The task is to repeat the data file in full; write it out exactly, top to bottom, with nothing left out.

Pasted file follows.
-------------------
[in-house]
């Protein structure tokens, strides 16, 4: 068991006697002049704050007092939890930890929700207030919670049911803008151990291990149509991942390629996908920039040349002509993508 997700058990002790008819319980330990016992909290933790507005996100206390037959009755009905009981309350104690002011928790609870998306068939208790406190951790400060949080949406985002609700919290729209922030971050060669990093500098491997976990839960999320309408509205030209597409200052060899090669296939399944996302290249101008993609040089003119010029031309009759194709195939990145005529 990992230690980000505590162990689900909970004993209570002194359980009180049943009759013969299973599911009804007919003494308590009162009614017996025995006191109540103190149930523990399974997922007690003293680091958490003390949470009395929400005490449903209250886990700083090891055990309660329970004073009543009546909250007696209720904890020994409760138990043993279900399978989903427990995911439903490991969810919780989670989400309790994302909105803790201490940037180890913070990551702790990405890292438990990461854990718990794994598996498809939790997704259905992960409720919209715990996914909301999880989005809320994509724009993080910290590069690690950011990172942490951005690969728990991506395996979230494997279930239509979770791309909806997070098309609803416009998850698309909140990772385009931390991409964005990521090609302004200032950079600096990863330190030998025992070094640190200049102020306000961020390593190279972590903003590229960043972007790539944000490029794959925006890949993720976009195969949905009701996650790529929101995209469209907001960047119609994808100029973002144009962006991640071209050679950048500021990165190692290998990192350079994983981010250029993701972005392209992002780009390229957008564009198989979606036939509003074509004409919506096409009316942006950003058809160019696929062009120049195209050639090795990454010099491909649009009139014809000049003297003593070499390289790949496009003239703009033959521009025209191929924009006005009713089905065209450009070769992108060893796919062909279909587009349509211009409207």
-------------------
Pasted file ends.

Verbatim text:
[in-house]
């Protein structure tokens, strides 16, 4: 068991006697002049704050007092939890930890929700207030919670049911803008151990291990149509991942390629996908920039040349002509993508 997700058990002790008819319980330990016992909290933790507005996100206390037959009755009905009981309350104690002011928790609870998306068939208790406190951790400060949080949406985002609700919290729209922030971050060669990093500098491997976990839960999320309408509205030209597409200052060899090669296939399944996302290249101008993609040089003119010029031309009759194709195939990145005529 990992230690980000505590162990689900909970004993209570002194359980009180049943009759013969299973599911009804007919003494308590009162009614017996025995006191109540103190149930523990399974997922007690003293680091958490003390949470009395929400005490449903209250886990700083090891055990309660329970004073009543009546909250007696209720904890020994409760138990043993279900399978989903427990995911439903490991969810919780989670989400309790994302909105803790201490940037180890913070990551702790990405890292438990990461854990718990794994598996498809939790997704259905992960409720919209715990996914909301999880989005809320994509724009993080910290590069690690950011990172942490951005690969728990991506395996979230494997279930239509979770791309909806997070098309609803416009998850698309909140990772385009931390991409964005990521090609302004200032950079600096990863330190030998025992070094640190200049102020306000961020390593190279972590903003590229960043972007790539944000490029794959925006890949993720976009195969949905009701996650790529929101995209469209907001960047119609994808100029973002144009962006991640071209050679950048500021990165190692290998990192350079994983981010250029993701972005392209992002780009390229957008564009198989979606036939509003074509004409919506096409009316942006950003058809160019696929062009120049195209050639090795990454010099491909649009009139014809000049003297003593070499390289790949496009003239703009033959521009025209191929924009006005009713089905065209450009070769992108060893796919062909279909587009349509211009409207």